The Gisasa River flows into the lower Koyukuk River (a major tributary to the Yukon River). We've been operating a weir on the Gisasa River seasonally (June and July) since 1994. This project primarily counts Chinook and summer Chum Salmon as they return to spawn in the headwaters of the Gisasa River (with the exception of 2020 due to COVID-19). This project is an important platform for assessing and reconstructing the middle Yukon River salmon runs.

Weirs help us establish baselines and detect changes in fish populations over time. They also help fisheries managers evaluate and adjust their management actions, reconstruct past salmon abundances, and forecast future salmon returns. We construct our weirs with panels of evenly spaced PVC pickets aligned parallel to the river’s flow. We anchor the upstream end of each panel to the river bottom and the downstream end is lifted above the surface by a resistance board that planes upward in flowing water. The pickets don’t go all the way across the river, but rather guide migrating fish into a trap box that is occasionally closed so fish biologists can briefly take a few measurements and samples (length, sex, scales for aging, fin clips for genetic analysis) from a subset of fish before releasing them to continue their upstream migration. This information can tell us many things about the health of salmon populations (for example, if fewer bigger, older females are returning to a particular tributary or how different populations are contributing to “mixed-stock” harvests downstream). 

All fish also pass in front of a video box on their way through the weir. Standard video components include a sealed box filled with clear water that houses a video camera, pond lights and a digital video recorder (DVR) equipped with motion detection software. Power includes green energy sources like solar panels. With this set-up we can record passing fish 24 hours a day even when the water is cloudy. We route the analog video signal to the DVR where it’s converted to digital format instantaneously. The DVR removes blank footage and only reports motion events. The video footage lets us see the entire run of fish through time and only recording motion events saves staff many hours during review.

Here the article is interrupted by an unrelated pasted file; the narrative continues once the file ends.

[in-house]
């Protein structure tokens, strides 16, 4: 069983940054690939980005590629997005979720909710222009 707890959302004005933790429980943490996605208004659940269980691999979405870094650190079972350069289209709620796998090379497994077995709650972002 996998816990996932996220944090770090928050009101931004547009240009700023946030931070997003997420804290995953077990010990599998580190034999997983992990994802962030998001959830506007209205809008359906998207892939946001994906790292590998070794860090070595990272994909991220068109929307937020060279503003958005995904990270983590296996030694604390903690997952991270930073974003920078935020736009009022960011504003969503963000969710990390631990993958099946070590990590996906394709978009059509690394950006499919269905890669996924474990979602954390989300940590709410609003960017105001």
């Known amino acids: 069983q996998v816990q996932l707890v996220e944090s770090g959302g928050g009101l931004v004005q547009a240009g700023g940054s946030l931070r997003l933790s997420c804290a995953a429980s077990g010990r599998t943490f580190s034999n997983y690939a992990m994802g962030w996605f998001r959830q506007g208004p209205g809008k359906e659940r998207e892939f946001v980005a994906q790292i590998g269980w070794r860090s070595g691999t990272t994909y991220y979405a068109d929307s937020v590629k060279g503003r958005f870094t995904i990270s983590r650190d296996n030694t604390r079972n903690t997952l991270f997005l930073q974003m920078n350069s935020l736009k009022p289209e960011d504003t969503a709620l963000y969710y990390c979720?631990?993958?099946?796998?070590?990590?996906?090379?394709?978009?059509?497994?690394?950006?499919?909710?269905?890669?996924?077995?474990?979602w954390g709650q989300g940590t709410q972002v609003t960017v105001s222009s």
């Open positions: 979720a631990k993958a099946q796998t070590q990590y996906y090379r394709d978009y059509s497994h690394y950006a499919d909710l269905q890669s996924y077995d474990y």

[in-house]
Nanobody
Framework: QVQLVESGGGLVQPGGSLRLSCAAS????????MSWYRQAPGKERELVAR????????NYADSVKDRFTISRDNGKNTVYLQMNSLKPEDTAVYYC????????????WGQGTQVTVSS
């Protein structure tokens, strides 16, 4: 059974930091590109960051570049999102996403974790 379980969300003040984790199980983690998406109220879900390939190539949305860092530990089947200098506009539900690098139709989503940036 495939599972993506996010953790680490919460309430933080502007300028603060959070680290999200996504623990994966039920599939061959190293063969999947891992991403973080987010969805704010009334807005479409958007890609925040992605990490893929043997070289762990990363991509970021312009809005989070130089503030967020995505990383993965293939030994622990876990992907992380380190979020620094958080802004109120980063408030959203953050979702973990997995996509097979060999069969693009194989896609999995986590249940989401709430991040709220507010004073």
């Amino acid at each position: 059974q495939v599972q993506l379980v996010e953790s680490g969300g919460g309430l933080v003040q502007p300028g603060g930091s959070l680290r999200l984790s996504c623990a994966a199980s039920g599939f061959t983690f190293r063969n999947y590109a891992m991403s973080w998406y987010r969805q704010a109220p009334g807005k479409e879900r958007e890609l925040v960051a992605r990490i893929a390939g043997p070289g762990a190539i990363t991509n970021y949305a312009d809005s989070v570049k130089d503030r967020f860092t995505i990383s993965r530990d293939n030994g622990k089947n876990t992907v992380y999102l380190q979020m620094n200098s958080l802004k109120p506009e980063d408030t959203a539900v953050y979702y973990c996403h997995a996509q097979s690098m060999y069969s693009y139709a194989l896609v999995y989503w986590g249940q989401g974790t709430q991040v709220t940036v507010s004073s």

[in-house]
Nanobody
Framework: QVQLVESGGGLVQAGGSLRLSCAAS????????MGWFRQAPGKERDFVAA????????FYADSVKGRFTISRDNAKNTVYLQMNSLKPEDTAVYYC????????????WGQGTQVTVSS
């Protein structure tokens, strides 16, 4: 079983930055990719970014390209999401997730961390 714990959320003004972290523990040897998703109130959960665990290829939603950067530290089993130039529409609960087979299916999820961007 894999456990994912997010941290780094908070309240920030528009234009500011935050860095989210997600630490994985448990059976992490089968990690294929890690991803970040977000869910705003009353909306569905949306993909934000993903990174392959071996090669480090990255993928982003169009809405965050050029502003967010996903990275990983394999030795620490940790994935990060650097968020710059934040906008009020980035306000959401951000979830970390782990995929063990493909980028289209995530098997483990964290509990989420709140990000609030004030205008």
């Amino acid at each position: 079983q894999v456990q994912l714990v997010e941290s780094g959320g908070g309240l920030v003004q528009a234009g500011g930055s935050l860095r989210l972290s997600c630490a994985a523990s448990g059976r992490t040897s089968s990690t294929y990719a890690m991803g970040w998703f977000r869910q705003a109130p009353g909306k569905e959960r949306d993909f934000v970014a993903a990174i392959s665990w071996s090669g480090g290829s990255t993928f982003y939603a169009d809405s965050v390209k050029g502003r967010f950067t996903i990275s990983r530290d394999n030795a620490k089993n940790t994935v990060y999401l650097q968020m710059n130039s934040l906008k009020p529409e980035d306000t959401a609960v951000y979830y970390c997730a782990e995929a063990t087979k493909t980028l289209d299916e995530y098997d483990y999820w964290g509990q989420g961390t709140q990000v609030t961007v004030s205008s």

Counts from the weir project are reported back to the Fairbanks Fish and Wildlife Conservation Office daily. In addition to Chinook and summer Chum Salmon, we collect information about other fish species important for subsistence use (e.g., other salmon species and whitefish).  

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Juvenile Northern Pike in aquarium at Gavins Point National Fish Hatchery, South Dakota
The Fish and Aquatic Conservation program leads aquatic conservation efforts for the U.S. Fish and Wildlife Service. We are committed to tackling the nation’s highest priority aquatic conservation and recreational challenges to conserve, restore, and enhance fisheries for future generations.


Mountains and rivers from aerial view
Based in Fairbanks, and in collaboration with our Utqiaġvik (Barrow) Satellite Office, we work with others to deliver conservation over approximately 338-million acres of Alaska. Our responsibilities generally range from the Yukon River Delta region in southwest Alaska, eastward to the Canadian...
A vivid green streak of light across the sky marks the Northern Lights - the aurora borealis - over Koyukuk National Wildlife Refuge in Alaska.
Koyukuk Refuge lies within the extensive floodplain of the Koyukuk River of interior Alaska, about 270 miles west of Fairbanks and contains a unique geological feature: the Nogahabara Sand Dunes. The refuge's rich wetlands combine with lowland boreal forests of spruce, birch and aspen to support a...